Tuesday, July 21, 2009

Hey Everybody - Let's Polka!

I know there are people who read this blog on a regular basis who are going to have severe problems with cognitive dissonance when I state that yes, I really do like polka. In fact, polka and the waltz are the only two "traditional" dances I know how to do. But see, I grew up in the Baltimore area, where there are a lot of central Europeans - Germans, Czechs and Slovaks (who we called Bohemians and Moravians back in the day), and Poles. So believe me when I tell you that polka has always was always huge around Baltimore back then. Oh, not on the radio, at least not on the big stations (although there were a couple of small stations that played only polka); but at church halls, VFW and Knights of Columbus halls, and the like, polka ruled. And let's not forget that Baltimore was one of the bigger markets for The Lawrence Welk Show.

So last night as I was looking for the appropriate video for my Theme Thursday post, I ran across a wealth of polka videos (no, you're not gonna have to suffer through even more polka on Thursday) and thought I'd share some. Our first sample is "The Sauerkraut Polka" by the Original Tiroler Echo. It's a real floor-stomper, so grab your partner, hitch up your skirts, and off we go!



The next is an old favorite, the "Beer Barrel Polka", but it's played by a group called Tekla Klebetnica from the motherland of Poland, so it has a rougher, more "down home" feel!



Now here's a real hoot - the "Bayrische Polka", played by a full brass band. But catch that trombone soloist - ain't she something else?



Next we have some home-grown polka, the "Pennsylvania Polka" (remember this from the movie Groundhog Day?) featuring the great Frankie Yankovic (more on him in a bit):



Okay, Frankie Yankovic, the Elvis of the American Polka scene, born 1915, died 1998. If you heard any polka at all from the '30s through the '80s, you heard Frankie. People practically worshipped the man (I did say he was the Elvis of polka, right?). So anyhow, here's Frankie Yankovic and his Yanks playing the "I Have a Wife at Home Polka"!



This last piece isn't a polka, but if you have a polka band you had damned well better be able to play the "Blue Skirt Waltz"! There are areas of the US where a wedding reception just isn't considered legitimate unless the band plays the "Blue Skirt Waltz". Here we have the classic version by the Lawrence Welk Orchestra (and of course that's Myron Floren playing the accordion!). Enjoy!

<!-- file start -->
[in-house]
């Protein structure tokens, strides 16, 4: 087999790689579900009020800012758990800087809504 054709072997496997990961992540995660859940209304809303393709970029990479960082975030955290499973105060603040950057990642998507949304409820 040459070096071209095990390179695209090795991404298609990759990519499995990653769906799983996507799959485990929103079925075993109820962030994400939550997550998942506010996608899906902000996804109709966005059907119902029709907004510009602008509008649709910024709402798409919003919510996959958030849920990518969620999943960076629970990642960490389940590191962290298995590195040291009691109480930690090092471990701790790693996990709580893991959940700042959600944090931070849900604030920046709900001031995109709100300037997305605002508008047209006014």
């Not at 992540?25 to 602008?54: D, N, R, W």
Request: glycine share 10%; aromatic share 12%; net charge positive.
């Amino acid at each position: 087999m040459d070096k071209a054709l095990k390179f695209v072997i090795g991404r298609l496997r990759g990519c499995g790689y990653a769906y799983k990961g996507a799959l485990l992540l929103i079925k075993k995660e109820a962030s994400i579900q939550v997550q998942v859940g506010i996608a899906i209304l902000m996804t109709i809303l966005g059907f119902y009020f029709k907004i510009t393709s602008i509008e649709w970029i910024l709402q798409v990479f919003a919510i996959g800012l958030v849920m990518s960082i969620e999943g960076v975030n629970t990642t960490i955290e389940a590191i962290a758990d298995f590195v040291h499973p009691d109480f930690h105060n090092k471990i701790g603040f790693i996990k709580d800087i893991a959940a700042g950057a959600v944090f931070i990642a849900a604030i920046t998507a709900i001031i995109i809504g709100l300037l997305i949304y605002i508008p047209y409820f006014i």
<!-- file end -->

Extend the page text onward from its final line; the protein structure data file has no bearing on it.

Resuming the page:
Text © 2009 by A. Roy Hilbinger

15 comments:

  1. LOVED it! You're so much fun...

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  2. This was SO much fun, Roy. My favorite would have to be "Beer Barrel Polka". You know, I always wanted to be able to play the accordion. It would be so much fun to play it at holiday gatherings. ;^)

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  3. Roy, does this bring back memories! Big Polka fan, here! Sauerkraut and Beer Barrel are two faves ( but anything by Frankie Yankovic...I'm all ears and floor stompin' ). And hey! It's not a true Oktoberfest without some Polka! Going back for more :)

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  4. The Bayrische Polka, she...was...incredible! Loved the way Herr Bandmeister came to her aide when her arm cramped up!

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  5. Those of us who are (ahem) rather a bit overendowed... do not polka.

    But waltz?

    Oh indeed there is nothing more sublime than to waltz across the floor, covering every inch of available square footage, whirling, gliding, turning, smiling...

    (those "bat wings" on the blue dress shoulda been left on the cutting room floor, though...)

    And it's amazing how Welk and Floren can make a waltz into an almost polka.

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  6. South Texans appreciate polka because of the great influence it had on the development of conjunto, the border musics played by the likes of Flaco Jimenez and his father Don Santiago.

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  7. I Love waltzes and polkas, coming from a deep German and Norwegian heritage. this was delightful...

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  8. Oh my god! this reminds me of being trapped in the car with my father, listening to a radio station from Chicopee, hosted by someone named Andy Sheberla (I think). Also Chet Dragon springs to mind.

    YIKES!! Roy, you are sending back down memory lane to tunes that conjure up so much, both + and –

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  9. Brilliant! I'm breathless!

    Gonna have to get me those dance lessons I have been promising myself.

    How fortunate you found those videos...can't wait to see the shoe one now.

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  10. I remember deejaying a friend's wedding as a favor, fielding polka requests from older people. I apologetically explained that I wasn't a "real" deejay, and everything I'd brought was from my own priovate -- polka-less -- collection.

    Then I realized that on one of Weird Al Yankovic's early LPs was a tune called "Polkas on 45." Saved MY butt!

    And there are still people out there who think Weird Al is Frank's son!

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  11. Is Weird Al the son of the polka Yankovic?

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  12. has anyone ever heard the father and daughter polka?if so where can i buy it,or get at a web site

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